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5 common reasons your content isn’t ranking on Google


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Victoria Roscow
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Creating SEO content that performs well on search engine result pages (SERPs) is a formidable task.

Your content needs to align with user intent, surpass the works of Charles Dickens in readability, and hit the mark in terms of SEO. However, there are common pitfalls that can lead to content that falls short of these goals.

In this article, we’ll explore five reasons your content might not be ranking and offer insights into how to rectify them.

1. Failing to Address Search Intent

The first and most critical rule for creating good SEO content is to write for humans, not just for search engines. Your content should aim to fill a knowledge gap for the user, whether that means answering a question or providing expert knowledge. Every piece of content you produce should satisfy a specific search intent. This principle can’t be emphasised enough: write for humans.

2. Using the Wrong Type of Content

You might have crafted a beautifully structured blog post with extensive content and even some literary devices. However, well-written content is only as effective as the format in which it is presented. If users are searching for category pages to browse products and your content is in the form of a blog post, they may pass on it. Tailor your content type to match user expectations.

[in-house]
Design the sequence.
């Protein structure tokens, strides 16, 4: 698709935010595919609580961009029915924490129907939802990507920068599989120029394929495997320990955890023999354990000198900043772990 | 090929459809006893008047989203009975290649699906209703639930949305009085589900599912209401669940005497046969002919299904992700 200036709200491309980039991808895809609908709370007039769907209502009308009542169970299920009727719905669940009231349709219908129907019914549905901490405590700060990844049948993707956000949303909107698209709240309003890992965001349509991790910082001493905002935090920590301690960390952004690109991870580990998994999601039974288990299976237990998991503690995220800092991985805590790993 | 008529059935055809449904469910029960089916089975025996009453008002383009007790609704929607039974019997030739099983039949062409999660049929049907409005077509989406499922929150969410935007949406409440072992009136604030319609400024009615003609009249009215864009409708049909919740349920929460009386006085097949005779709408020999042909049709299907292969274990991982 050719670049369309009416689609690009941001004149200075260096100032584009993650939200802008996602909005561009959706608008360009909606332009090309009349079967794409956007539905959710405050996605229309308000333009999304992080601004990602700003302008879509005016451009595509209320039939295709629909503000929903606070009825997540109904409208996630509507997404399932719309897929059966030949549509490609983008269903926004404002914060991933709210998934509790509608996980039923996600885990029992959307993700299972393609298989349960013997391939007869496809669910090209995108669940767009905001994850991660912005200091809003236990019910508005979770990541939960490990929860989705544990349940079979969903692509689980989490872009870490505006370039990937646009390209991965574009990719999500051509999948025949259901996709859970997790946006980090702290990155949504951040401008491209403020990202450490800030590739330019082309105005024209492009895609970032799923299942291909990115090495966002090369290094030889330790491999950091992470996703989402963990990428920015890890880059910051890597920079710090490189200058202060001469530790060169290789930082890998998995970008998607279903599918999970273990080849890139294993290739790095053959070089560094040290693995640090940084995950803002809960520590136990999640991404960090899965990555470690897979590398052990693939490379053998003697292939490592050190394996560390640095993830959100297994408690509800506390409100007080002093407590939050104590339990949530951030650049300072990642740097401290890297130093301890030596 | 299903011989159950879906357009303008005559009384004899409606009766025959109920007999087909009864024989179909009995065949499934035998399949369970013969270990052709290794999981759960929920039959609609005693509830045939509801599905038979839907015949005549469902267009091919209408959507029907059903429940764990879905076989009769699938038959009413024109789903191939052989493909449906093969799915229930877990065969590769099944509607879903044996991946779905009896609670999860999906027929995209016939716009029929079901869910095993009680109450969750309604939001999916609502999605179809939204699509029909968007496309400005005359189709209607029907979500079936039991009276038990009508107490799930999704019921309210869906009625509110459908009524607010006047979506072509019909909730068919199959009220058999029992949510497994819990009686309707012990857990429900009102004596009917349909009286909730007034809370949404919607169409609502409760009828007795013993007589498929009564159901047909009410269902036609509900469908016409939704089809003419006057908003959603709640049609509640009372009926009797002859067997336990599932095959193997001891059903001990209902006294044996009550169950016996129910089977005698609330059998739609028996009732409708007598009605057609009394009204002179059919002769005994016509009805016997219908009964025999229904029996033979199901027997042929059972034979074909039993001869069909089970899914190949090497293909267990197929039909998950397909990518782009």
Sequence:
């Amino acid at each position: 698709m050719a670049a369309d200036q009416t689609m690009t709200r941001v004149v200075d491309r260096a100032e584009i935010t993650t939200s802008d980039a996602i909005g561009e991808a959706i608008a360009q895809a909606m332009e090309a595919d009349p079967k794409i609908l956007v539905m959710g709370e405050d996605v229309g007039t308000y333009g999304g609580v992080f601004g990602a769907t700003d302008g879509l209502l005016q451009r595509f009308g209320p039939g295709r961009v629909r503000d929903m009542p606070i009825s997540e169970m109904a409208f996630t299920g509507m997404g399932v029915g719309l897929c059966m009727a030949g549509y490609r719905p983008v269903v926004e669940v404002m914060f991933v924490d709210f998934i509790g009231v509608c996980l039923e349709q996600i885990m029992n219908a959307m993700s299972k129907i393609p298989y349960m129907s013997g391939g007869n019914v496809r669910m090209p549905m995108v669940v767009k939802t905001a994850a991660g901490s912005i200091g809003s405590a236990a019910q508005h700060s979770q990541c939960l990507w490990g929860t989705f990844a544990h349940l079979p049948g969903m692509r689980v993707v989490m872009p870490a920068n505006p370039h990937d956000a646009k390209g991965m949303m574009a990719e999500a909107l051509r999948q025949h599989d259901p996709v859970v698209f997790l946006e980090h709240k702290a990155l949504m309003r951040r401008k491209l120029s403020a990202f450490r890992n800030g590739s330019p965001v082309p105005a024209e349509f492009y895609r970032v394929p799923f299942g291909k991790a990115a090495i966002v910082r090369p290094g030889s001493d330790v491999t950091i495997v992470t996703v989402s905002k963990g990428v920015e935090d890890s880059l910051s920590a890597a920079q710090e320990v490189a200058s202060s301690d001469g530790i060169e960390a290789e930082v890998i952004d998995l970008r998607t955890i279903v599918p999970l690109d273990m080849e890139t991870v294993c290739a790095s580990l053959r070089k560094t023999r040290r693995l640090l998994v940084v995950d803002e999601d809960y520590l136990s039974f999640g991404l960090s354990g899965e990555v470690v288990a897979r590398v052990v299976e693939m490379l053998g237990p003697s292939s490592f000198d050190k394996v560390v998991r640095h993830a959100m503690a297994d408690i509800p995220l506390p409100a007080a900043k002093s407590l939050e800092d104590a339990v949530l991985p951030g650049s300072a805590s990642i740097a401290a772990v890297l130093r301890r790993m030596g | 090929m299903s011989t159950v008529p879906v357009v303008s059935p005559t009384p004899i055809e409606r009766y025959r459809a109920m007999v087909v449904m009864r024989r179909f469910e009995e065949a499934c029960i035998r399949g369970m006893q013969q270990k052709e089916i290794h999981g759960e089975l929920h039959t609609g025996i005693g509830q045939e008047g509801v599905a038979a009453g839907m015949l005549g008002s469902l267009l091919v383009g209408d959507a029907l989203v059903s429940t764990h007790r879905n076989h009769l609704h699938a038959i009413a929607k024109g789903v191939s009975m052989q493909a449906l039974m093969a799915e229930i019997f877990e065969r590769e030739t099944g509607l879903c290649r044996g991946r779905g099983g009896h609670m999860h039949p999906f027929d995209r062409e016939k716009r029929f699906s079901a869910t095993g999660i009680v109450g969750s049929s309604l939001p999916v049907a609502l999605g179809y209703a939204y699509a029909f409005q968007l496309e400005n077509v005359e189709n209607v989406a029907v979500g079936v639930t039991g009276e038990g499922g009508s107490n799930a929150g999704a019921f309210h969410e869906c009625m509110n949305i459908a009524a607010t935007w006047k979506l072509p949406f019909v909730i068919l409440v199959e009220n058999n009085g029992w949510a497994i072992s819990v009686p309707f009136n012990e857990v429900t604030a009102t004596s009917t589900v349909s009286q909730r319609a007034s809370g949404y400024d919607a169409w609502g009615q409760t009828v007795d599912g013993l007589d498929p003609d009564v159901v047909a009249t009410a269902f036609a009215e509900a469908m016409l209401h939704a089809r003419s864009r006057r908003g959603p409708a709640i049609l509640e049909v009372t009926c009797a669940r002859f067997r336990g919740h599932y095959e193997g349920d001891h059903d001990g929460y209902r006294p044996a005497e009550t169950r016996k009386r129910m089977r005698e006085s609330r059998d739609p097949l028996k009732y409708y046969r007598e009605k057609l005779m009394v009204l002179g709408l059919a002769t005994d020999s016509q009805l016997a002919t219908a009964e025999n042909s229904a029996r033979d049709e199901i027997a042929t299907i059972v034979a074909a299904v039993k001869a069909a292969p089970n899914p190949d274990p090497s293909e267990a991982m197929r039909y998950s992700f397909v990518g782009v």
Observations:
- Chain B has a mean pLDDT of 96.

3. Not Covering the Topic Adequately

One common pitfall in poorly ranking content is offering thin or insufficient coverage of the topic. Whether it requires more in-depth exploration or additional context, your content should comprehensively cover everything users would want to know about the subject.

4. Neglecting Internal Links

Internal links are a crucial ranking factor. If you’re not incorporating relevant internal links within your content, your efforts may be in vain. These links not only help search engines index your content but also aid in cross-promotion to your readers. It’s a win-win strategy.

5. Poor Readability and Language Choices

You may have successfully integrated keywords and internal links, but if your writing is so convoluted that only a literary master like James Joyce could decipher it, you’ve missed the mark. Ideally, your content should have a readability level of about 9 or 10 years old to be easily understood by the average user.


In conclusion, creating SEO content that ranks well on Google requires a careful balance of addressing user intent, selecting the right content format, thorough coverage of the topic, the inclusion of internal links, and clear, easily digestible language. If you’re looking to enhance your content and improve your ranking on Google, consider reaching out to Dark Horse for expert guidance.

If you want to learn more about writing content that ranks on Google, don’t hesitate to get in touch with us at Dark Horse. We’re here to help you succeed in the world of SEO content.

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